James J Al­dred

Meet the man whose day job takes him up the tallest trees in the dens­est jun­gles.

BBC Wildlife Magazine - - Reviews Books -

What do you do for a liv­ing?

I’m a wildlife cam­era­man spe­cial­is­ing in film­ing at height in re­mote lo­ca­tions, par­tic­u­larly in the rain­for­est.

Did trees fea­ture in your child­hood?

Yes – I grew up in the New For­est. When I was 13, I scaled an an­cient oak pol­lard to es­cape a herd of stam­ped­ing horses. It was then that I dis­cov­ered trees as plat­forms from which to view the world.

What have been your hairi­est ex­pe­ri­ences?

There are many! I was once at­tacked by a fe­male harpy ea­gle in Venezuela while in­stalling a nest­cam at 150m. She hit me hard sev­eral times, then dug her talons into my neck and knocked me off the branch. An­other time, I was high in a tree in the Congo when a light­ning storm struck. As I ab­seiled down, I got caught be­tween two bull ele­phants knock­ing the hell out of each other in the pitch dark for­est be­neath, which was ter­ri­fy­ing. I’ve also been at­tacked by swarms of honey bees – I got stung about 40 times in my mouth, throat and eyes.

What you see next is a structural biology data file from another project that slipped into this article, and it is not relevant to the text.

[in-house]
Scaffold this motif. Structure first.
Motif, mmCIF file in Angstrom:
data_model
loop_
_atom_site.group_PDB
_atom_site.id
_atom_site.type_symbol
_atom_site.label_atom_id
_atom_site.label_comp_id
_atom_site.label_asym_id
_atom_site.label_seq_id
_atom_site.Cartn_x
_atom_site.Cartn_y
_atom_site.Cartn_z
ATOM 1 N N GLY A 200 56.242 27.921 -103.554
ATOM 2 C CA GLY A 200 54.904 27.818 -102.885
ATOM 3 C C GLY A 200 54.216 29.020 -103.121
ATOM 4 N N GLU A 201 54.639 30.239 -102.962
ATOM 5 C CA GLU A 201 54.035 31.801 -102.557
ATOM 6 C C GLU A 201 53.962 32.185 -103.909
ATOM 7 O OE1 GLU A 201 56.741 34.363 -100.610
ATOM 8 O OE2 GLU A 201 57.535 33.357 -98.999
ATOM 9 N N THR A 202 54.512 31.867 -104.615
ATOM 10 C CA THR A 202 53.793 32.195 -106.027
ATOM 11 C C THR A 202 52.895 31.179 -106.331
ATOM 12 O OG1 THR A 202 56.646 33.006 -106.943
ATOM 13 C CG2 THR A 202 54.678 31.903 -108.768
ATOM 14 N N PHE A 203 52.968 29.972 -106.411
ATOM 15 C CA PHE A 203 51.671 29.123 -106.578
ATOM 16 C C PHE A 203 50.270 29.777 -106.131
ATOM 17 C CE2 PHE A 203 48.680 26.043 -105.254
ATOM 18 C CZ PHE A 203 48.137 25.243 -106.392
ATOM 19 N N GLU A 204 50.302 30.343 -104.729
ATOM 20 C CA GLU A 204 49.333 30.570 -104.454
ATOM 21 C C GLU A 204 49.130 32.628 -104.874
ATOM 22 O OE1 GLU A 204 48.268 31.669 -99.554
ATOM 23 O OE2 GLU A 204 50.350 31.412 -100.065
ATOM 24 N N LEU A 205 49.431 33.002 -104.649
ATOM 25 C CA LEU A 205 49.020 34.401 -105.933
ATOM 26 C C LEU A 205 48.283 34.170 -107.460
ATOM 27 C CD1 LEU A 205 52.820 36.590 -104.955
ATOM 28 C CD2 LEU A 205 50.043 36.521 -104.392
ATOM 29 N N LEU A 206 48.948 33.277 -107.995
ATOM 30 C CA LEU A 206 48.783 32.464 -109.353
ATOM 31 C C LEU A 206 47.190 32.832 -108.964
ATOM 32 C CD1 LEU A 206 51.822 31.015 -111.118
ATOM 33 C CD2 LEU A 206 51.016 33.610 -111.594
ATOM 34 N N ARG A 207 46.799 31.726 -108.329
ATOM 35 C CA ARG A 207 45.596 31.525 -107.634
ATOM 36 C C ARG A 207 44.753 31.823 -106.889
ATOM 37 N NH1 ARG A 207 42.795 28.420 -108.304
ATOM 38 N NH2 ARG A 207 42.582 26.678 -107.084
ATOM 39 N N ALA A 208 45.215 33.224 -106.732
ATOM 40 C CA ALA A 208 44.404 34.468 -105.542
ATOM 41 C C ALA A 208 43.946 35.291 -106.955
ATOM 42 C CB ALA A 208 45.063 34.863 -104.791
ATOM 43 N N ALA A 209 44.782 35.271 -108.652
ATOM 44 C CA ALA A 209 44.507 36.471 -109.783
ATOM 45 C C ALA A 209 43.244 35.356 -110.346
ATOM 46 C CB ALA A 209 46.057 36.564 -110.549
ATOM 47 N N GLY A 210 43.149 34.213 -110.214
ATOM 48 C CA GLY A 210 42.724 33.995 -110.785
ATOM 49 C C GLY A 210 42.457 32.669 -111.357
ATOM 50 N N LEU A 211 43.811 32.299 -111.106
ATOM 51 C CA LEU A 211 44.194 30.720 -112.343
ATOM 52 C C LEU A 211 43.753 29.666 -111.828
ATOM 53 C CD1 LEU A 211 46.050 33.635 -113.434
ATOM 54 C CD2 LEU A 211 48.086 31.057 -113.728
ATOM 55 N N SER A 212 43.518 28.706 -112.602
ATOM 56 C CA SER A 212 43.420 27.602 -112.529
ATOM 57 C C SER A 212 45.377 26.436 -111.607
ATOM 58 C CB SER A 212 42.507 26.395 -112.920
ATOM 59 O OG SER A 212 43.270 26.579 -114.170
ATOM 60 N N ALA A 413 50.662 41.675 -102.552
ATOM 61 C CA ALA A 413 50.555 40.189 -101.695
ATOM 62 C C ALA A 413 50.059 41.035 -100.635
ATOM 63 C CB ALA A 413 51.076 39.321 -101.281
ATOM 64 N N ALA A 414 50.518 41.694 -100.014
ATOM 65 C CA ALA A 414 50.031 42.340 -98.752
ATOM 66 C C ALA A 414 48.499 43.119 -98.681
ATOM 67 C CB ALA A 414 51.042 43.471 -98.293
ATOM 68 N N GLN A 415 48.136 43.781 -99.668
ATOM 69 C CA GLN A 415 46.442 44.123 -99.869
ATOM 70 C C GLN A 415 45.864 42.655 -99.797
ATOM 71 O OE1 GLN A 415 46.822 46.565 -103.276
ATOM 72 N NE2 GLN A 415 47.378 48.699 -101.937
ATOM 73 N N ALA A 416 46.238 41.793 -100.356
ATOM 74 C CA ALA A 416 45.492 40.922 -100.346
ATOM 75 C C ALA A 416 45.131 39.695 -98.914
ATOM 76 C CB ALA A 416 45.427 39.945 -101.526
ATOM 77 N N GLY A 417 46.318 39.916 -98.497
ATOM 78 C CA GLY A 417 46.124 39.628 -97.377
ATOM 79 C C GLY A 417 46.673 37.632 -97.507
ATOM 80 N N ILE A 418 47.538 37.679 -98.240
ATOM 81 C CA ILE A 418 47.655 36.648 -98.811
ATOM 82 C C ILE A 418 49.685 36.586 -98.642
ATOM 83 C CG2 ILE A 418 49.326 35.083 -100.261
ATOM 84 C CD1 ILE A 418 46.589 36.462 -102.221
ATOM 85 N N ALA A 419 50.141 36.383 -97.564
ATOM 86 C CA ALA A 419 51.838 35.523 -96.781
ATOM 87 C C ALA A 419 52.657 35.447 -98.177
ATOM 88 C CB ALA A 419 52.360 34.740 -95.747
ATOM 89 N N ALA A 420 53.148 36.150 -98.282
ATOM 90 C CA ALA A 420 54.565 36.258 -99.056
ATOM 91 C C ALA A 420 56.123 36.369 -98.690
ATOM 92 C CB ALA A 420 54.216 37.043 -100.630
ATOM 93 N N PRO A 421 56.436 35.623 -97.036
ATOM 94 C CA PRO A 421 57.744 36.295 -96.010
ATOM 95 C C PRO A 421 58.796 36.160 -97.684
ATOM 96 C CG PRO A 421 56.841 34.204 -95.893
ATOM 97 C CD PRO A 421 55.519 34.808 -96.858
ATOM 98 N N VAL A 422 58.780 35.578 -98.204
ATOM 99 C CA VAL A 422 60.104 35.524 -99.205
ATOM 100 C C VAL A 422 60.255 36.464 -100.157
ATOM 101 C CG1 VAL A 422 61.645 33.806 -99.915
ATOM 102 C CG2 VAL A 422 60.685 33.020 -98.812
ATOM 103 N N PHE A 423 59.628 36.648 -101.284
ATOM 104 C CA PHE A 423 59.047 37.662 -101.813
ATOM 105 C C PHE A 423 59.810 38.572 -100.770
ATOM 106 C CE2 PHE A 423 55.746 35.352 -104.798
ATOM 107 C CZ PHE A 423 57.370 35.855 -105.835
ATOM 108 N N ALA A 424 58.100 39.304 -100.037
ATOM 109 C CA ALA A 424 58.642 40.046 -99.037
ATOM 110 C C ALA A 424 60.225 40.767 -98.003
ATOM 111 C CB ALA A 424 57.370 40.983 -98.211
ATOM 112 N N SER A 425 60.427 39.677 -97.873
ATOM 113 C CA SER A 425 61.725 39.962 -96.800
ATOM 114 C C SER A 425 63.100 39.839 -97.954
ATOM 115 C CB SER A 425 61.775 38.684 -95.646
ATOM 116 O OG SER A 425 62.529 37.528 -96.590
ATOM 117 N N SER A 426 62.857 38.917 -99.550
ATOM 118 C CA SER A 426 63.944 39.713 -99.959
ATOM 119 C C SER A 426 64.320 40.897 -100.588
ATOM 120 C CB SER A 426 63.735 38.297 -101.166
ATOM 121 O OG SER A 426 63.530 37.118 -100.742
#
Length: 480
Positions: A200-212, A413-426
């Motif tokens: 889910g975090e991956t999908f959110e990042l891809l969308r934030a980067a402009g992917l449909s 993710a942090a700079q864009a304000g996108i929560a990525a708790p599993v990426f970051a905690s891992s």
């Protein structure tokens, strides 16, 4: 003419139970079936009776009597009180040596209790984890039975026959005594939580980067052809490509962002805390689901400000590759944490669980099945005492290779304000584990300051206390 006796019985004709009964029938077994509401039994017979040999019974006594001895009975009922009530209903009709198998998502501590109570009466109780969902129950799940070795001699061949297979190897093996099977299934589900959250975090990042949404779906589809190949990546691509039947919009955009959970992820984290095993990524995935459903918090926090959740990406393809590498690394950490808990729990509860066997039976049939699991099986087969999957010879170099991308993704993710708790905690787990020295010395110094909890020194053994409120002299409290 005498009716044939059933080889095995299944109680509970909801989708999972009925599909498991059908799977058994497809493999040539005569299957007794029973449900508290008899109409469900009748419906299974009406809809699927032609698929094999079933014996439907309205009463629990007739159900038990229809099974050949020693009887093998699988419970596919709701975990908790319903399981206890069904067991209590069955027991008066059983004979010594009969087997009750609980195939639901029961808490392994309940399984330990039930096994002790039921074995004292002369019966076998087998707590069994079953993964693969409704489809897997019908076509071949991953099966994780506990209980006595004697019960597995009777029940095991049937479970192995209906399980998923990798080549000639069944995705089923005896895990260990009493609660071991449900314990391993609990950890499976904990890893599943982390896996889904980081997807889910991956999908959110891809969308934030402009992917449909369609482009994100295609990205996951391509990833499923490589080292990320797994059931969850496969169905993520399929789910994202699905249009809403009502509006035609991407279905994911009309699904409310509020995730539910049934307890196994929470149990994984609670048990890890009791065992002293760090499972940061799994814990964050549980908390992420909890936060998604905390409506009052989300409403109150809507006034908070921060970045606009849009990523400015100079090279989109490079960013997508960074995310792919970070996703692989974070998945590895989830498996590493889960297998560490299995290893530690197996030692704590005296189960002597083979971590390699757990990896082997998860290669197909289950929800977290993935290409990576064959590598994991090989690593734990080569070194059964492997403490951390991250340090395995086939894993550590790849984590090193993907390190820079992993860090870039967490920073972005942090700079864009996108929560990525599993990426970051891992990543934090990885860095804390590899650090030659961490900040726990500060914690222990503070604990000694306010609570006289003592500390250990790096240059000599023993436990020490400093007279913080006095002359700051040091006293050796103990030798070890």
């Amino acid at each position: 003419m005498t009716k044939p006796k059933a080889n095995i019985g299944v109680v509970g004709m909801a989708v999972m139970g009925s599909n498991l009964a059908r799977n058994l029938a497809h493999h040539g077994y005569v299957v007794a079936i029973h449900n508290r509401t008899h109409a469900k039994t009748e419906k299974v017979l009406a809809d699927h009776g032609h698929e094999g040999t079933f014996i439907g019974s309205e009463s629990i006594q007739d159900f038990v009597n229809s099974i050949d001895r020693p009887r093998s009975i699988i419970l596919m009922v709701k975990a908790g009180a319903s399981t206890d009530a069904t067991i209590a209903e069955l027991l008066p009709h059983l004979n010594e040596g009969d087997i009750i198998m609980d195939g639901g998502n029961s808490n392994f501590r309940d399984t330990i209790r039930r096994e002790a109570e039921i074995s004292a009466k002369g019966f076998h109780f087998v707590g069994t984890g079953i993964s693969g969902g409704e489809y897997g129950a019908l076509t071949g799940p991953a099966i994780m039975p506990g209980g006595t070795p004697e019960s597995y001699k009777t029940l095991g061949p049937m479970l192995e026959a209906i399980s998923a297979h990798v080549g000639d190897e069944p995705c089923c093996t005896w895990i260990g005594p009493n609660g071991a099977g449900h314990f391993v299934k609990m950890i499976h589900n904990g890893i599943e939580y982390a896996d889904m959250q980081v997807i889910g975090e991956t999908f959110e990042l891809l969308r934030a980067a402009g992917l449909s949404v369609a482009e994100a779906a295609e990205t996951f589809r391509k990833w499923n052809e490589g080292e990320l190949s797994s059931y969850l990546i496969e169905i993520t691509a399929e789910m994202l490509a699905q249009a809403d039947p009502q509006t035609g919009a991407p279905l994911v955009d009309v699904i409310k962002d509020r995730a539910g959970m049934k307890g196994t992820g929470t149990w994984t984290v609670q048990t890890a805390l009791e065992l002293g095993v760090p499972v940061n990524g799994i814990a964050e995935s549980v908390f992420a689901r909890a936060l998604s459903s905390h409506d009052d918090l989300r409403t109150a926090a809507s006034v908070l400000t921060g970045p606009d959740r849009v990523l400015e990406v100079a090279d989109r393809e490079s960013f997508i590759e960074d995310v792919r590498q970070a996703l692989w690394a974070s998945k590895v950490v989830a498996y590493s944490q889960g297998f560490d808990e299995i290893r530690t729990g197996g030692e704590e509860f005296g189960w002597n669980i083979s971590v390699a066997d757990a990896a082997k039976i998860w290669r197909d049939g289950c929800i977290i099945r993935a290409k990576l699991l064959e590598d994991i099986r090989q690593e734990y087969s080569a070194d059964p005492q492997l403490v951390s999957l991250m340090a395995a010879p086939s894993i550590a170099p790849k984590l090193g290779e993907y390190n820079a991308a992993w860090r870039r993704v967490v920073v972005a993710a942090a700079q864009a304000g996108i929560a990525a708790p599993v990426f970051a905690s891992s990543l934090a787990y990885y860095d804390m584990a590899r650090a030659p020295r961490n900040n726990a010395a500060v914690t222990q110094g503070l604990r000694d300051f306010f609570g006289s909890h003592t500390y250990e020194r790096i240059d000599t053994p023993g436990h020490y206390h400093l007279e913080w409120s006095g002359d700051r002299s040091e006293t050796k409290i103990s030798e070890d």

And the good times?

One lovely mem­ory is when I was film­ing at 25m in a re­mote area of the Congo. A fe­male chimp started to make a nest with her baby right be­side my hide. She’d clearly never seen a hu­man be­fore and her cu­rios­ity over­came any fear she had.

What’s been your most chal­leng­ing en­deav­our?

I was con­tracted to de­sign and build a huge tree­house for a film project in Gabon. I spent a month climb­ing flat out from dawn to dusk, with very lit­tle food, chig­ger bites and a par­a­sitic in­fec­tion on my face.

What’s the most sur­pris­ing thing you’ve seen?

I once saw a sil­ver­back clam­ber­ing among branches thin­ner than my wrist. He must have weighed 200kg and was 75m high in the canopy. I thought he was go­ing to kill him­self.

Why do you find trees so al­lur­ing?

For me, trees em­body the very essence of na­ture, pro­vid­ing a liv­ing con­nec­tion to our planet. I feel I’m be­ing of­fered a glimpse of a half-re­mem­bered an­ces­tral world when I climb into them. They are am­bas­sadors from the past.


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